Indeed, the music of Harmonia is part and parcel of the lush landscape of Forst, and its communal spirit. “I cannot see a house or a road when I look out of the window and over the river — it’s just fields and mountains and green,” says Rother.” Roedelius calls Forst an “island in the midst of reality.”
Harmonia released their debut album, Musik von Harmonia, in 1974. The striking Pop Art cover of a detergent bottle, designed by Moebius, gave the band an instantly iconic and modern look. Each track sounded completely different, from the rhythmic “Watussi“ to the shimmering ambience of “Sehr Kosmisch.” Harmonia recorded and mixed the album themselves, in Forst. “We had three [tape] machines, Revox type, and a very primitive mixer,” says Rother. “The advantage was we could work whenever we wanted and didn‘t have a studio clock ticking away. The record sales, however, were very disappointing, our love for the music was not echoed by the public” says Rother.
Harmonia’s second album, Deluxe (1975), was co-produced by the brilliant producer and engineer Conny Plank, who had worked with NEU!, Cluster, Kraftwerk, and many other bands. At that time, Plank had started his own studio near Cologne. He brought a 16-track mobile MCI recording machine and a small mixing desk to Forst. Plank stayed in Forst for about two weeks, and Mani Neumeier, the energetic drummer of Guru Guru, also joined in on a few of the tracks. Deluxe was recorded on Plank’s equipment in Forst in the summer of 1975, and mixed at his studio soon afterwards.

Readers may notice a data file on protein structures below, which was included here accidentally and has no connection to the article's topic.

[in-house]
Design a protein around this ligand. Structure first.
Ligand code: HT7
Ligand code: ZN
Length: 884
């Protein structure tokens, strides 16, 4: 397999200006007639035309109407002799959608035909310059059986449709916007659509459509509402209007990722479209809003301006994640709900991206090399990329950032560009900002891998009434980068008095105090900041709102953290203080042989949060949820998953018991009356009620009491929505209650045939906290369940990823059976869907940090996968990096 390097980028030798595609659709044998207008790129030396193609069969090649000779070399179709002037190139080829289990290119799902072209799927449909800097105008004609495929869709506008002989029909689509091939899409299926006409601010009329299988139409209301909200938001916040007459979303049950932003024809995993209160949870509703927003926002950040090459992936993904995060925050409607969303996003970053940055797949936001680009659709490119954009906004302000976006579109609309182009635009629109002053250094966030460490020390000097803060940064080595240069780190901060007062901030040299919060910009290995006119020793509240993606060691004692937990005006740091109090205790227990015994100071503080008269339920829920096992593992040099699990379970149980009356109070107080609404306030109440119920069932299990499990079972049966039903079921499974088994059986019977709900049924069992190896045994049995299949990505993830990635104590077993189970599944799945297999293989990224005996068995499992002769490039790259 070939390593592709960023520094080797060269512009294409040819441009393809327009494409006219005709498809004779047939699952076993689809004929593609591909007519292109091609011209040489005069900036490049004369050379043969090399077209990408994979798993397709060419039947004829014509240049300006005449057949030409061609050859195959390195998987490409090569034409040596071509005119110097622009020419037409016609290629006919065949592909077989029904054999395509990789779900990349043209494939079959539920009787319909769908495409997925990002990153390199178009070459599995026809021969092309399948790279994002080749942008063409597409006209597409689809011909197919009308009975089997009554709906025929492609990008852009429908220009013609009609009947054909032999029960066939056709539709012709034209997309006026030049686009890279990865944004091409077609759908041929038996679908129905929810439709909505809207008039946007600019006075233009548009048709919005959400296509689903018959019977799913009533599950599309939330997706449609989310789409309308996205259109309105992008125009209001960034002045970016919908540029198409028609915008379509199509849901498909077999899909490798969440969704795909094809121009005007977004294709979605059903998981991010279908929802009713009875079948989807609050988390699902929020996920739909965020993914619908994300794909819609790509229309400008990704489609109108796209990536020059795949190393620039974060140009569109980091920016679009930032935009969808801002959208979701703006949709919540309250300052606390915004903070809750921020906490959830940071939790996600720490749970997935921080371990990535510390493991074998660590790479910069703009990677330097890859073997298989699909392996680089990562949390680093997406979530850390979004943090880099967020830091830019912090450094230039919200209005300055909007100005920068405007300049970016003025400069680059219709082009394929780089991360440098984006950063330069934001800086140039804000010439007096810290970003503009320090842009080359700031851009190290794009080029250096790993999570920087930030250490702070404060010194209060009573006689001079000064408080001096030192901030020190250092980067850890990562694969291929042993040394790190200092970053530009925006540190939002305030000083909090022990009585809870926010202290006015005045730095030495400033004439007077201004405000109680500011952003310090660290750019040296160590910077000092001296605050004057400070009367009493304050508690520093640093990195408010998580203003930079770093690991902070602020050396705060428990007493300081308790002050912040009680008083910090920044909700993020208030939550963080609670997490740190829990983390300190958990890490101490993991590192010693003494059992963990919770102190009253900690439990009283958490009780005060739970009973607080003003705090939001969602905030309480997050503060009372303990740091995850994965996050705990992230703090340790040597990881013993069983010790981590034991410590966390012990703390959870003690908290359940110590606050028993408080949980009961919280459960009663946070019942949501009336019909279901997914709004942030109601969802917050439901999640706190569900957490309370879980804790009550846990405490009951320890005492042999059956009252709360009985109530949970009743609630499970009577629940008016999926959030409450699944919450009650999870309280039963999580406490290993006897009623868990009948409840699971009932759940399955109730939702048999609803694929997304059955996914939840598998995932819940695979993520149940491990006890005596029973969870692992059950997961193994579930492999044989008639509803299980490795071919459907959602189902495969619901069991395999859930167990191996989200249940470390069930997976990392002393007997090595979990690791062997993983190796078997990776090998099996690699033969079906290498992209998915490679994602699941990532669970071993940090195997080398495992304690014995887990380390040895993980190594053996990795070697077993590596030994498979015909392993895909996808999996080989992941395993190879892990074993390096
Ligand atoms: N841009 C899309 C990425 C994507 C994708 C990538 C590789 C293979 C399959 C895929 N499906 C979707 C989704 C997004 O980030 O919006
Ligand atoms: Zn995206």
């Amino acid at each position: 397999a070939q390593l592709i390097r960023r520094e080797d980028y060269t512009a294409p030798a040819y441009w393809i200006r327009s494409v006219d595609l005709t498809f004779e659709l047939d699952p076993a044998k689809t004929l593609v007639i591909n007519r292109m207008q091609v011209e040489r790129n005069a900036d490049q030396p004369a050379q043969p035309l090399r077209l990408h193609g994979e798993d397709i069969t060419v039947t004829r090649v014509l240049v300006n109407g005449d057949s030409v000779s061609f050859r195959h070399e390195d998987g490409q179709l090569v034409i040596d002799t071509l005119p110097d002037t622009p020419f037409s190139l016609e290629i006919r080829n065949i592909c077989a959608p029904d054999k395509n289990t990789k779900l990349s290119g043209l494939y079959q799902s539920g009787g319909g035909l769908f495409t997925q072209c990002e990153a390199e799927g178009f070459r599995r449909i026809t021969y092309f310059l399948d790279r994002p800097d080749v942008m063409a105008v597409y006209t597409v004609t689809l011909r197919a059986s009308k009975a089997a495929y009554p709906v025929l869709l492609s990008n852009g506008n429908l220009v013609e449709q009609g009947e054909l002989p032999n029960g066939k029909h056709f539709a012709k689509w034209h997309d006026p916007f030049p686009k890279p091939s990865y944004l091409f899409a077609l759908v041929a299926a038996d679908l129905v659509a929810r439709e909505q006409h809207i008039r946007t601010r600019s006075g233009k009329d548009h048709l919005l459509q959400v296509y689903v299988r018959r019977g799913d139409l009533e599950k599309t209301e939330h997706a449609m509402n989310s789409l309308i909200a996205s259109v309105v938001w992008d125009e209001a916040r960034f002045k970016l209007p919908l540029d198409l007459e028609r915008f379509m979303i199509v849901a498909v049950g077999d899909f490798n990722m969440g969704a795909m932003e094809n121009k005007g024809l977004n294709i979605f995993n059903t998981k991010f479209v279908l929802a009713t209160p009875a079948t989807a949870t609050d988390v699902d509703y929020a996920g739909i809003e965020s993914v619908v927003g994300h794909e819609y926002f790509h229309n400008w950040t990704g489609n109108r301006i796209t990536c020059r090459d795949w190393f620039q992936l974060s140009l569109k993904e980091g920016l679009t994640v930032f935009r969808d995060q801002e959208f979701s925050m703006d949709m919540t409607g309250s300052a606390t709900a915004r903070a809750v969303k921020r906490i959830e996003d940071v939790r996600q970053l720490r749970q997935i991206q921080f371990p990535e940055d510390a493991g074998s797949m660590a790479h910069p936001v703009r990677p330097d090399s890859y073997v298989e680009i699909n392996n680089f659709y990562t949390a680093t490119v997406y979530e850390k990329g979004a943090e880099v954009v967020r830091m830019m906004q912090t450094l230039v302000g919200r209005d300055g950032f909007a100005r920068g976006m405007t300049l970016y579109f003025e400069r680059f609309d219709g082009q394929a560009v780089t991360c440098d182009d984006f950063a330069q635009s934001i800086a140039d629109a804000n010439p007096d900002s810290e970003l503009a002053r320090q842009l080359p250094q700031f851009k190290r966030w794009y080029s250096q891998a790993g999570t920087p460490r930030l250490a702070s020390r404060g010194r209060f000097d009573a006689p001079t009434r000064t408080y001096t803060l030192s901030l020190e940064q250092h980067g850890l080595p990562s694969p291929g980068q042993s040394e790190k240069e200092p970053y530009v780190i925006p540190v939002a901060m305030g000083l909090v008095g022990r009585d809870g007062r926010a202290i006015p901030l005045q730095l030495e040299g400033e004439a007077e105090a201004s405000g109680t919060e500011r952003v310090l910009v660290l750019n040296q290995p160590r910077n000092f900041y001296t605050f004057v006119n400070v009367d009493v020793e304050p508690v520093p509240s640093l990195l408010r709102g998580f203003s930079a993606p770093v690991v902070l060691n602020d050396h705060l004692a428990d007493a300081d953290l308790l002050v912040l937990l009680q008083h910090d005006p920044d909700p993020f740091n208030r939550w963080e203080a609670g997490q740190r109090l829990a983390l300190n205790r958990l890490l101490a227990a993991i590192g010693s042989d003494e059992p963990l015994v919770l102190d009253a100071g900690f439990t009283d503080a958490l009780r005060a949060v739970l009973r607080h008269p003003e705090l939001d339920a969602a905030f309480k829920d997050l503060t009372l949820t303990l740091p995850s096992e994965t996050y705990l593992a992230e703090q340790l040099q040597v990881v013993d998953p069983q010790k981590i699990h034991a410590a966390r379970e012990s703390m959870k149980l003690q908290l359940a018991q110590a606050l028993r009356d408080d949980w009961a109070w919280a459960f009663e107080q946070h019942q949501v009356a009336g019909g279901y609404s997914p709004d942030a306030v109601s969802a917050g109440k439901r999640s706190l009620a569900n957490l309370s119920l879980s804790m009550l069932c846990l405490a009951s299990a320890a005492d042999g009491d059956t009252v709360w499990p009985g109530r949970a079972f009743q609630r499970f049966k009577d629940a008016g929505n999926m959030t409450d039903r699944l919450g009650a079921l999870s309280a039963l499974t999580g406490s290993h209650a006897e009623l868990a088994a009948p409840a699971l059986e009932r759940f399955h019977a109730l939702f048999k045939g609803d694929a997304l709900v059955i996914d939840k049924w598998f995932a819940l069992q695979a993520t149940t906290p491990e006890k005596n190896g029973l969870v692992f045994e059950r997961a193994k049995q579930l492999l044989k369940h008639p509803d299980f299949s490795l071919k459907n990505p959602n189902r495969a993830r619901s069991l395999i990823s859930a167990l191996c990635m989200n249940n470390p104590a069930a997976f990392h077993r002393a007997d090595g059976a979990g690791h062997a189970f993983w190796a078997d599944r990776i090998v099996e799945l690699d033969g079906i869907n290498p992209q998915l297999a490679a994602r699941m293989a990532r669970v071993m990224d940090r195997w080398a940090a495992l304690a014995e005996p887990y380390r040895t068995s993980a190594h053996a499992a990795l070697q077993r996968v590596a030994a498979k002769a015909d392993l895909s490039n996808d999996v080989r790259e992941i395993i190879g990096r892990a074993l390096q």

“We were very fortunate to have a figure like Conny Plank around, because he was equally crazy,” says Rother. “We didn‘t have to push him to experiment; we were all on the same level. Everybody was looking for new expressions, a new way of creating the sound. It was a very creative process, working with Conny. I remember some really wonderful moments, because he was so talented in picking up your ideas. We never theorized about music, we were intuitive players, musicians. The same with Conny — we didn‘t explain, or try to put into words what we were doing.”
Deluxe is a breathtaking album, a clear departure in style. It was the most ‘pop’ that Harmonia ever became, with tighter song structures than the more sprawling landscapes of Musik von Harmonia.
However, the difference in ideas about their music became apparent and hard to handle for Roedelius, Rother and Moebius. After struggling for months about the direction the music of Harmonia should take, Harmonia split up in 1976, but the group briefly reunited later that year to record in Forst with Eno, who was en route to Montreux to work on Low with David Bowie. Brian Eno had met Harmonia in 1974, during a Harmonia concert at Fabrik in Hamburg; Eno jumped on stage to jam with the band for the second half of their set.
The band had already decided to part ways when Eno came to Forst. “Brian came when Harmonia was already dead,” says Roedelius. “We stopped working together, each of us had already recorded albums individually in the summer of ’76 but one day Brian called that he would like to come.“